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Houston City Council Advances New Development In Katy-Area Floodplain

The vacant land is located near the Addicks dam.


Residential property development in Katy.

Houston City Council approved a new municipal utility district in the 100-year floodplain, despite opposition from some members who say additional development could make flooding worse.

More than 600 acres of vacant land in the Katy area will be developed for single family residential and commercial use. The land is located west of the Addicks dam, which flooded surrounding neighborhoods during Hurricane Harvey. The nearest major drainage facility is South Mayde Creek, which flows into Buffalo Bayou, then the Houston Ship Channel.

Councilmember Brenda Stardig, who represents parts of West Houston, voted against the measure based on guidance from flooding experts.

"When someone that's in the know about that dam tells me the development west of that dam has contributed to the issues, then I have to hesitate," Stardig said. "My district would probably not appreciate me supporting this at this time because of the fact, like I said, that it's outlined that it's in the floodplain."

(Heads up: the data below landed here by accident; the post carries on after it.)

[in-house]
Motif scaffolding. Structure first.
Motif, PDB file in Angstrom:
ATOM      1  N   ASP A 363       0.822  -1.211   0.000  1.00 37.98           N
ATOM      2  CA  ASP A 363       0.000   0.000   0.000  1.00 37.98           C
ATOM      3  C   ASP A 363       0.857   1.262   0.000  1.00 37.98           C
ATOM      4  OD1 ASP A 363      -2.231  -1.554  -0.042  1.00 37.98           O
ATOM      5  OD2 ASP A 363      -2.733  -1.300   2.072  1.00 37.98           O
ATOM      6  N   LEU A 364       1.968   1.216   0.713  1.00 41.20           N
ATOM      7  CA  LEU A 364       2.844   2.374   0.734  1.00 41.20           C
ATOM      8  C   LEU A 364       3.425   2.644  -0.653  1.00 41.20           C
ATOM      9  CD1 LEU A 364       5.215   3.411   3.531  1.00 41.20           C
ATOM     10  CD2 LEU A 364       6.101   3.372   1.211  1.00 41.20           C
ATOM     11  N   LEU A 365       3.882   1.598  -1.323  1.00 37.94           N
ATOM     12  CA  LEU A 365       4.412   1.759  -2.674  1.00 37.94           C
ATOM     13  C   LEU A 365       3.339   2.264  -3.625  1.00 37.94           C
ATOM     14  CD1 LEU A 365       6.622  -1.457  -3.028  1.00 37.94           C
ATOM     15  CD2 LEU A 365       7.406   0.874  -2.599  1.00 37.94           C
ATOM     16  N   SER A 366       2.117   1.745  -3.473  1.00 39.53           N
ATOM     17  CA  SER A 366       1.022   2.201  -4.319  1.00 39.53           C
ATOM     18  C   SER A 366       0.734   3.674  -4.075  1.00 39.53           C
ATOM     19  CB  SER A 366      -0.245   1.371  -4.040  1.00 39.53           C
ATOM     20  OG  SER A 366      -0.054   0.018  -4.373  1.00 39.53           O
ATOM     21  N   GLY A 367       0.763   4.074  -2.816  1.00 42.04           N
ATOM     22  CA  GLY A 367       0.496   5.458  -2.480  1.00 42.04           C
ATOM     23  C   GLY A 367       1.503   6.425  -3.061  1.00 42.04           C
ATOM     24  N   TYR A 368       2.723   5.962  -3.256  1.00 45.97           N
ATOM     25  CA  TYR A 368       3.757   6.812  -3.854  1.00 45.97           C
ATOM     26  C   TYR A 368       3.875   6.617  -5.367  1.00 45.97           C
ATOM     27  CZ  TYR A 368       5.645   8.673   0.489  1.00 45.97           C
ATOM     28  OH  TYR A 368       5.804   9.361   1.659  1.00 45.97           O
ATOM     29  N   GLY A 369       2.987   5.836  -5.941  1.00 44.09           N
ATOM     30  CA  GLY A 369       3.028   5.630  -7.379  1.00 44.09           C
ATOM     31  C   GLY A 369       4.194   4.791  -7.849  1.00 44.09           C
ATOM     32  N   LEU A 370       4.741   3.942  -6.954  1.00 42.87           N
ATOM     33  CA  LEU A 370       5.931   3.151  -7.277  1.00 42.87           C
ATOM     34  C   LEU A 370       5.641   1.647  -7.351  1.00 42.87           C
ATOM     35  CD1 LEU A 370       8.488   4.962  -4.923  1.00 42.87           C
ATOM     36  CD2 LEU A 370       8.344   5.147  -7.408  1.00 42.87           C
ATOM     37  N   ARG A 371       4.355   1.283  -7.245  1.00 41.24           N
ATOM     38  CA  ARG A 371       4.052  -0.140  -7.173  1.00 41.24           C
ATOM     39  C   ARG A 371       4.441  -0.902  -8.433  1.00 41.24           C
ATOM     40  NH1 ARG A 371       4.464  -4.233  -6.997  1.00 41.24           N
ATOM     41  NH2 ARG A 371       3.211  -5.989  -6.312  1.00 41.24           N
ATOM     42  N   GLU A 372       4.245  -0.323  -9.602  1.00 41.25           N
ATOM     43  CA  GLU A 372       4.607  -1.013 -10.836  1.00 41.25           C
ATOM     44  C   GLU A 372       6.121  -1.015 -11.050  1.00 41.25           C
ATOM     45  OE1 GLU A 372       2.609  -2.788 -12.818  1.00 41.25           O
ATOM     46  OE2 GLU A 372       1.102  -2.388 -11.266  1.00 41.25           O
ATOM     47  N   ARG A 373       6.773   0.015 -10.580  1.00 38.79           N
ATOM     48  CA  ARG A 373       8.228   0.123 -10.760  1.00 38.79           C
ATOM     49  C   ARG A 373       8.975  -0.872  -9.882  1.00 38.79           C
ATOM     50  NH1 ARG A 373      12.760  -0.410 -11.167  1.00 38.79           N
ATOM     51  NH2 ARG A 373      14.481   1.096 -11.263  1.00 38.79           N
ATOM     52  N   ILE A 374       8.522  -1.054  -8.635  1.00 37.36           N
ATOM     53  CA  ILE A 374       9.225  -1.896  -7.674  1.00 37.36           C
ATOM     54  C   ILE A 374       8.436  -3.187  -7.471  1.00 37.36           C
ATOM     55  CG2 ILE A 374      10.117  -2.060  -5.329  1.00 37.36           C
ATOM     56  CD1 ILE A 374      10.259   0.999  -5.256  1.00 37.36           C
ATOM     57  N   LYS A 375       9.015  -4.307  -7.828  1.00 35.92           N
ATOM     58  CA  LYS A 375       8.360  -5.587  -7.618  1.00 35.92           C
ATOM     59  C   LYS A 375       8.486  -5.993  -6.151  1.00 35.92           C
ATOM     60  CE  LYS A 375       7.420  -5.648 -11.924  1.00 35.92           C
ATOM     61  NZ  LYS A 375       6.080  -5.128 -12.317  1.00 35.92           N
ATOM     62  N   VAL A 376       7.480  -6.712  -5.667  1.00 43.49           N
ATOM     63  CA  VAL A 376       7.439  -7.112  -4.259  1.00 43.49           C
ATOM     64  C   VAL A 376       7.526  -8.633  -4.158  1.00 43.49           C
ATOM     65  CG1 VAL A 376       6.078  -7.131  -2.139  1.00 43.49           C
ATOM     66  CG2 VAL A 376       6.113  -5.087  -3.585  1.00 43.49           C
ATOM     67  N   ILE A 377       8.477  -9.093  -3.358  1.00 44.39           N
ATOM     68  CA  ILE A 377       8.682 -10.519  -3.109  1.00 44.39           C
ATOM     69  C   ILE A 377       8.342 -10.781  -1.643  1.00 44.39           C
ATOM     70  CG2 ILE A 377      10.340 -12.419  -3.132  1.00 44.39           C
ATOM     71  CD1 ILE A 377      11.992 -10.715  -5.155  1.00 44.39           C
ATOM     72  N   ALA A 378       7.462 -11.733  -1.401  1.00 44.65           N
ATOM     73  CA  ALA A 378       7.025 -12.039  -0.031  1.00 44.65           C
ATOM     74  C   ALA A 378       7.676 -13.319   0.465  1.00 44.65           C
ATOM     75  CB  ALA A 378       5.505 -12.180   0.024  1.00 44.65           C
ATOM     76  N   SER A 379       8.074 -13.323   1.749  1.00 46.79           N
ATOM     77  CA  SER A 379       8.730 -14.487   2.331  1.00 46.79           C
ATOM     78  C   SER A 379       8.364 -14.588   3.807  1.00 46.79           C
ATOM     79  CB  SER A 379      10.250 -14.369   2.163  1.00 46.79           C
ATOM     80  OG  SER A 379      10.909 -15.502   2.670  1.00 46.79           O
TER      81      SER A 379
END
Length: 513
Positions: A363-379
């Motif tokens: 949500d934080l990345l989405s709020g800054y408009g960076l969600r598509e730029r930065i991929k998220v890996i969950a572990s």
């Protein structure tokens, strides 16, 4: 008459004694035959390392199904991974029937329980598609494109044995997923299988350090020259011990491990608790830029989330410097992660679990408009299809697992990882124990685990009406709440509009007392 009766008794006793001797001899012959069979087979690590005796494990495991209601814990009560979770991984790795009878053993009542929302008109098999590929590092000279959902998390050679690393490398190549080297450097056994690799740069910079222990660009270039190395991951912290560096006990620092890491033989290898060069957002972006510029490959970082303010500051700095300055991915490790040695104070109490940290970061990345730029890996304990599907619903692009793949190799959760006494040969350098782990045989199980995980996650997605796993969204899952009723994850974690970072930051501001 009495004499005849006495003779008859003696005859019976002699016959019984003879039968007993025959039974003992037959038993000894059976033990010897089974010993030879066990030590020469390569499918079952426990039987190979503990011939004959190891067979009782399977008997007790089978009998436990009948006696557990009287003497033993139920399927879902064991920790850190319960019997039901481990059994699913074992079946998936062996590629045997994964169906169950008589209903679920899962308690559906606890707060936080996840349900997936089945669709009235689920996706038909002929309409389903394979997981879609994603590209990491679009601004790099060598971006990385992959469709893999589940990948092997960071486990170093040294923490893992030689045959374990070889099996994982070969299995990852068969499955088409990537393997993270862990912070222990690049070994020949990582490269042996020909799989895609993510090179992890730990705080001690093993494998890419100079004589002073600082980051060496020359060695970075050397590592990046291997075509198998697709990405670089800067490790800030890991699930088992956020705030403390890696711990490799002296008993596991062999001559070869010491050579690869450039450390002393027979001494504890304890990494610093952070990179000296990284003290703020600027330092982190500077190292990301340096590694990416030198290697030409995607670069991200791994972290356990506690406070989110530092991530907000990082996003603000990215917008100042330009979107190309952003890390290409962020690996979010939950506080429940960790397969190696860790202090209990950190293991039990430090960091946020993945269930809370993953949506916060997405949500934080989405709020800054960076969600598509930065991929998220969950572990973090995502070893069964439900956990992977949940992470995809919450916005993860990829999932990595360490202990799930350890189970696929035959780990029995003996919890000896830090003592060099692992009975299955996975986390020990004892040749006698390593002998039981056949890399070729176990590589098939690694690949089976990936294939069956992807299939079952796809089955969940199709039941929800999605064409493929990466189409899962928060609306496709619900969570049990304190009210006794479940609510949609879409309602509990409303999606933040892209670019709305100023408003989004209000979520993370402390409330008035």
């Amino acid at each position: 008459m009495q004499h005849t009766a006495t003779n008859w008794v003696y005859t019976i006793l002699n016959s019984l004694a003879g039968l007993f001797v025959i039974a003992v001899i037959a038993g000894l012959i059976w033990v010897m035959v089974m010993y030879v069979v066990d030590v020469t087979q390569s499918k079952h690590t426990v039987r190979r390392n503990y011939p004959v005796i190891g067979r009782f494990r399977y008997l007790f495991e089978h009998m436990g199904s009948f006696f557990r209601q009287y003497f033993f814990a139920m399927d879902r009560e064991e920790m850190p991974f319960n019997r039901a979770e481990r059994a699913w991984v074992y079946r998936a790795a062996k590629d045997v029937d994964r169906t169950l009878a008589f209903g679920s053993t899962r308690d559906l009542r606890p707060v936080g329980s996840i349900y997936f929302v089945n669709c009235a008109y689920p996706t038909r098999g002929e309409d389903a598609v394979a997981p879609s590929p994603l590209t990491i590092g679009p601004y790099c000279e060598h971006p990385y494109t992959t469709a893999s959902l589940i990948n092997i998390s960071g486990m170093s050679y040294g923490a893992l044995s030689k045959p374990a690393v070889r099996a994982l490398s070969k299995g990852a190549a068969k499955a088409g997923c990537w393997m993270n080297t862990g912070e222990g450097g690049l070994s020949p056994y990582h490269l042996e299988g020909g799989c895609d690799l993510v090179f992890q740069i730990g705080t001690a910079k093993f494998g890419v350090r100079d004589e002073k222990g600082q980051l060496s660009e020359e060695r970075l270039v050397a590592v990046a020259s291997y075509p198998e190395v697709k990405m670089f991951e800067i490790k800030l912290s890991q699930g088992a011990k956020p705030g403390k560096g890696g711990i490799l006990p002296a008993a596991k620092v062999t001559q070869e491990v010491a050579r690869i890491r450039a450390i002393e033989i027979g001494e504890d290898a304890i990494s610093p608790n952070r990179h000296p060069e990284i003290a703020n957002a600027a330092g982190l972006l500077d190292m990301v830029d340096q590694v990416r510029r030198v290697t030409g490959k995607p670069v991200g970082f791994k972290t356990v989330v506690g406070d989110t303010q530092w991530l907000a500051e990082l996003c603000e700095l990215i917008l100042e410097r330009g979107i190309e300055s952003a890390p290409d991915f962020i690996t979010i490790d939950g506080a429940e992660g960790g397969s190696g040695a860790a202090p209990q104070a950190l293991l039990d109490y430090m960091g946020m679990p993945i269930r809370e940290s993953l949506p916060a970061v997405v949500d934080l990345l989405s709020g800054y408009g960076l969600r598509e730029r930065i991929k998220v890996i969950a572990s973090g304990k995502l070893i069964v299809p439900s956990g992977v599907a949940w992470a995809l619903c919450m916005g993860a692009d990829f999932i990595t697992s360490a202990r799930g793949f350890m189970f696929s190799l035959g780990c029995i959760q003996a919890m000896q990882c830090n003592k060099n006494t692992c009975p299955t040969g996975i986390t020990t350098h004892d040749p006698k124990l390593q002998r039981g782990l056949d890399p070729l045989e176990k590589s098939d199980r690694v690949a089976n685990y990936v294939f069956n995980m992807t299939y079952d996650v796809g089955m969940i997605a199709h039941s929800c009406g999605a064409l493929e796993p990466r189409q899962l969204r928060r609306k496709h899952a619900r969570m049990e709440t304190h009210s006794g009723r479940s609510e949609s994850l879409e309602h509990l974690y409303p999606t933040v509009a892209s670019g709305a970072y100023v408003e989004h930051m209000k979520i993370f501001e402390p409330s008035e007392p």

Houston's Chief Recovery Officer Steve Costello argued the project won't increase flood risk. He said that last November Harris County Flood Control approved the development, which will provide more than the minimum detention requirements.

"They are providing 537 acre-feet of detention storage, with an additional 616 acre-feet of storage for fill mitigation, which ends up being a little over 200 acre-feet of excess storage," Costello said. "So this is a project where it is in the floodplain, but because of all the drainage related improvements they're doing within the project itself, they're removing all of the project out of the floodplain."

Vacant land in Katy will be developed.

Costello said the development is following standard operating procedure.

Council voted to create the new municipal utility district, with Councilmembers Brenda Stardig, Amanda Edwards, Greg Travis, Michael Kubosh and Mike Knox voting in opposition to the plan.

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